Your dog has started vomiting and doesn’t have much of an appetite. The veterinarian has diagnosed your dog with pancreatitis. That might sound a bit scary and you are wondering why it happened.
This InfoRx will explain what pancreatitis is, what causes is it, and how to prevent it from happening again.
In Greek, the word Pancreas means “all flesh.” The first person to formally describe the pancreas as a gland was around 300BCE. It was a surgeon in ancient Greece named Herophilus. But it wasn’t until about 400 years later that the organ got its official name. A Greek surgeon and anatomist by the name of Ruphos called the gland "pankreas." The possible reason for the name is because it lacks bone or cartilage.
The pancreas is a V-shaped gland that is located in the upper area of your dog’s abdomen. Its main purpose is to secrete digestive enzymes and other substances that aid in the absorption of nutrients and certain vitamins and minerals from your pet’s food.
In reality, any dog (or cat) can be affected at any age. But acute pancreatitis is most common in middle-aged or older dogs (older than 7 years old). Males and female dogs are equally affected. Any breed of dog can develop pancreatitis, but some breeds seem to have a higher rate of occurrence (some of them are listed in the next section).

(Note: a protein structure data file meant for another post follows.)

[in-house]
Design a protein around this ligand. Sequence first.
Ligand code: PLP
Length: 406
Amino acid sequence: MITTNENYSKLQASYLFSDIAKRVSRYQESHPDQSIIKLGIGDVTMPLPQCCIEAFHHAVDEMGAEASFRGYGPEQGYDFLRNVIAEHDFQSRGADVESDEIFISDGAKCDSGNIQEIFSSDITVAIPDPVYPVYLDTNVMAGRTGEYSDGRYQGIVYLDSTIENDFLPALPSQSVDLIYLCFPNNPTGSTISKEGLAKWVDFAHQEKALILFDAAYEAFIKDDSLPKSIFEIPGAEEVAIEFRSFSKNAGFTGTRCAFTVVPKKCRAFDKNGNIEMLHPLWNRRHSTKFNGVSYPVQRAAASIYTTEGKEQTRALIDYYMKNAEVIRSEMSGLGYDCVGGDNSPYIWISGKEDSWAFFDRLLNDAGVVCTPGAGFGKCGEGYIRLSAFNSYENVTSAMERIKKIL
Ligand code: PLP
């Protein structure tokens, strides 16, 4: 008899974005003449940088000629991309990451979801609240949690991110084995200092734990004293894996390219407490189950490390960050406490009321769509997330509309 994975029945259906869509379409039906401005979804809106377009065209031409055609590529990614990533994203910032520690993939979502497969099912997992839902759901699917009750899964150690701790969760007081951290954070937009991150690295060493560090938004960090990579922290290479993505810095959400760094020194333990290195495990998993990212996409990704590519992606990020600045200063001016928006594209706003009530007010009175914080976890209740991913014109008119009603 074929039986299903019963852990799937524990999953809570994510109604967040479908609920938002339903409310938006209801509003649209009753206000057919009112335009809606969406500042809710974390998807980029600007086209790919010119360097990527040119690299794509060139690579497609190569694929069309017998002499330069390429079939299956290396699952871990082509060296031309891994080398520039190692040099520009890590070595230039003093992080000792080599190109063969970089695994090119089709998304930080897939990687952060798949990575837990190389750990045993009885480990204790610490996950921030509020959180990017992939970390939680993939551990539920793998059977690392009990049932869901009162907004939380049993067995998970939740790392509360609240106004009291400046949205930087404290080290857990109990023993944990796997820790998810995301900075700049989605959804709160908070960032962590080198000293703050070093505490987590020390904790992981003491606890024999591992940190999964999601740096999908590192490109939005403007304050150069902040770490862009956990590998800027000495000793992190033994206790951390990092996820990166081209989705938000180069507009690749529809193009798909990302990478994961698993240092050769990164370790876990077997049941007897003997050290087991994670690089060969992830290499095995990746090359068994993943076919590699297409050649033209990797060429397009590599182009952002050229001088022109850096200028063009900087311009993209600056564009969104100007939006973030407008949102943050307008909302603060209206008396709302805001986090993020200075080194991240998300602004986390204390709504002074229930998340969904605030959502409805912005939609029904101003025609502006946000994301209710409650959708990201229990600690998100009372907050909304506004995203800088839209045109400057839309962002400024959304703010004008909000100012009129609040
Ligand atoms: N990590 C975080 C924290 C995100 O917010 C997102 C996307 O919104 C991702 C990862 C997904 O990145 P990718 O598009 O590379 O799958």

It helps to know the signs or symptoms of pancreatitis, so you know when you need to have your dog checked out by a veterinarian. Clinical signs of pancreatitis — the ones you can see — can be vague or unclear and not specific to just pancreatitis. Also, there are times when the condition progresses to the point of causing diabetes or kidney disease, but it all started with pancreatitis that went undetected. This is why it is important not to delay going to the veterinarian if you see any of these symptoms.
When dogs get pancreatitis, the general symptoms involve the gastrointestinal tract.
In general, with acute or chronic pancreatitis, an inflammatory condition causes activations of enzymes within the pancreas itself. This results in a progressive breakdown of the pancreas' tissue by its own enzymes — in short, think of it as eating itself!
Typically, in animals with spontaneous pancreatitis, the cause is unknown. And the symptoms are so variable that an owner can miss a mild bout of pancreatitis, but unfortunately, the damage has begun. Pets that have acute pancreatitis are likely to have it happen again, eventually creating a chronic condition.
The following is a list of just some of the potential factors that are considered possible causes of pancreatitis:
Even if a dog has regularly gotten table food or fatty foods, a bad reaction to this food can happen at any time. There are many dogs who have gotten table scraps for an extended period and were fine. Then one day, their pancreas decided it had had enough!
There is no specific or standard veterinary treatment protocol for pancreatitis in dogs. Typically, it involves supportive care with IV fluids and medications to treat the secondary effects: vomiting, stomach pain, diarrhea, fever, etc. If another illness or condition is diagnosed at the same time as pancreatitis, measures are taken to address that as well. Even with aggressive treatment, the outcome is still questionable.